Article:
The other day I was at the store checking out with a rather inexpensive but decent-looking bottle of wine. When the person at the register noticed the bottle, she exclaimed, “This is an excellent wine! You’ve just got to let it breathe a bit.” I thought this a bit much for an eight-dollar red blend, but I took her advice and decanted it before dinner. It was very good, and this got me thinking. If just a few words in passing could elevate my experience with a cheap wine, why not make the same effort when serving an espresso?
Admittedly, I’ve become fairly particular when drinking coffee and prefer it to be just kind of warm-ish. We humans taste best when whatever we’re eating or drinking is close to body temperature or around a hundred degrees. This is why boiling lava hot pizza doesn’t taste like anything until it cools, and if your PBR becomes too warm it gets abandoned. For me, espresso tastes best once it has cooled quite a bit. I’ll usually stand at the bar stirring my espresso for a minute or two, after which it’s become so sweet, juicy, and delicious that it’s gone in nearly the same time it took to cool down.
But Doug, what about the Thirty Second Rule? Don’t you have to toss a shot and re-make it if the customer doesn’t pick it up right away? To say I don’t subscribe to that notion would be an understatement. Not only does stirring and waiting a minute or so bring the temperature down to an enjoyable tasting range, it also accomplishes something else: It allows the crema a bit of time to dissipate.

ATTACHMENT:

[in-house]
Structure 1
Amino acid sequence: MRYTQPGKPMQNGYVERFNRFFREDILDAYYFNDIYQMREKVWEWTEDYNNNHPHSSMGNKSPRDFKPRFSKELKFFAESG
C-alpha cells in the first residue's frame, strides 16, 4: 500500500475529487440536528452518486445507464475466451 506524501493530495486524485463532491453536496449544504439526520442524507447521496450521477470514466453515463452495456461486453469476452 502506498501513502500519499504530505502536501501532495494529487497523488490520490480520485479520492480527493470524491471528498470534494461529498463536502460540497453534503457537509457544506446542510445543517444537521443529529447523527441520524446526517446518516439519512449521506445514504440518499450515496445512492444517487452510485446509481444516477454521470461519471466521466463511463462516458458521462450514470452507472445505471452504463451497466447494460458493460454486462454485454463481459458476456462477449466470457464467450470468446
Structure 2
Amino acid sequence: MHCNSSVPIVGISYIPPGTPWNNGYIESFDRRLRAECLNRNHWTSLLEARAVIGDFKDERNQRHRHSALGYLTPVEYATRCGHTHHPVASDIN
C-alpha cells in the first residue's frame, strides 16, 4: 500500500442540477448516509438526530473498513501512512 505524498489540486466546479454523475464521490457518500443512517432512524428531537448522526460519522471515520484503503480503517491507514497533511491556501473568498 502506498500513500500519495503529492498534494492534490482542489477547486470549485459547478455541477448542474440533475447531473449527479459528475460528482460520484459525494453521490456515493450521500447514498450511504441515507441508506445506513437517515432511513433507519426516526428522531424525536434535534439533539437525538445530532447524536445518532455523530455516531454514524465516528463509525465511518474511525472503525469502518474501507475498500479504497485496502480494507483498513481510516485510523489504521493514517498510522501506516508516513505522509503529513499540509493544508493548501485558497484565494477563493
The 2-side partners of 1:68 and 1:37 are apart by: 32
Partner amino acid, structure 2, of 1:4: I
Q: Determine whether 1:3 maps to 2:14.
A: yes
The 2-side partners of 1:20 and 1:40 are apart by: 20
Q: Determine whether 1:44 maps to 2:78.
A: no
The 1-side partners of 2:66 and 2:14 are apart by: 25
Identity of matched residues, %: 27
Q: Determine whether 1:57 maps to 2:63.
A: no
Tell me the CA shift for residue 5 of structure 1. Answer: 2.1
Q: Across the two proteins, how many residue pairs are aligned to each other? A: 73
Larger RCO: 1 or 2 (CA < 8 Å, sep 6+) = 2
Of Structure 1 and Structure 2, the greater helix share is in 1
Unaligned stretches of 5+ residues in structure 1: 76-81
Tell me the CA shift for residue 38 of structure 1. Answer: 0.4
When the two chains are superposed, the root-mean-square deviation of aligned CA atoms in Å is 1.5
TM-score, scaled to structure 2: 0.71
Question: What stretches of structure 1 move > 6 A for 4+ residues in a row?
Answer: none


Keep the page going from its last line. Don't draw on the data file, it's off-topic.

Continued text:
What is that crema, anyway? James Hoffman wrote a pretty thorough introductory article here nearly a decade ago detailing the foam that shows up on top of a fresh well-brewed espresso. In short, crema is emulsified gases—largely carbon dioxide—that end up flavoring the espresso so long as it was freshly ground and relatively recently roasted. Unfortunately, crema can be mostly flavored from carbonic acid (that stuff that adds the characteristic tartness to soda water) which will actually mask the flavors in the coffee. If you don’t believe me, spoon the crema off of your next espresso and taste it on its own. Not so good.
James Hoffman (same guy from before) in a 2009 post from his blog Jimseven went so far as to suggest skimming crema completely off before drinking the espresso. Corvus owner Phil revealed to me yesterday over beers at Grandma’s House (our neighboring Brewery) that he also prefers doing this. This seems a bit excessive to me, and others will argue that you lose some of the true expression of the coffee if you do it. I think the best compromise is simply to stir. At the very least, it prevents your first impression of the coffee from just tasting bitter and ashy.
Now’s the part where I say, “But don’t take my word for it… Try it yourself!” So the next time you’re in Corvus or wherever you get espresso, give it a shot!
By Doug Stone, Corvus Trainer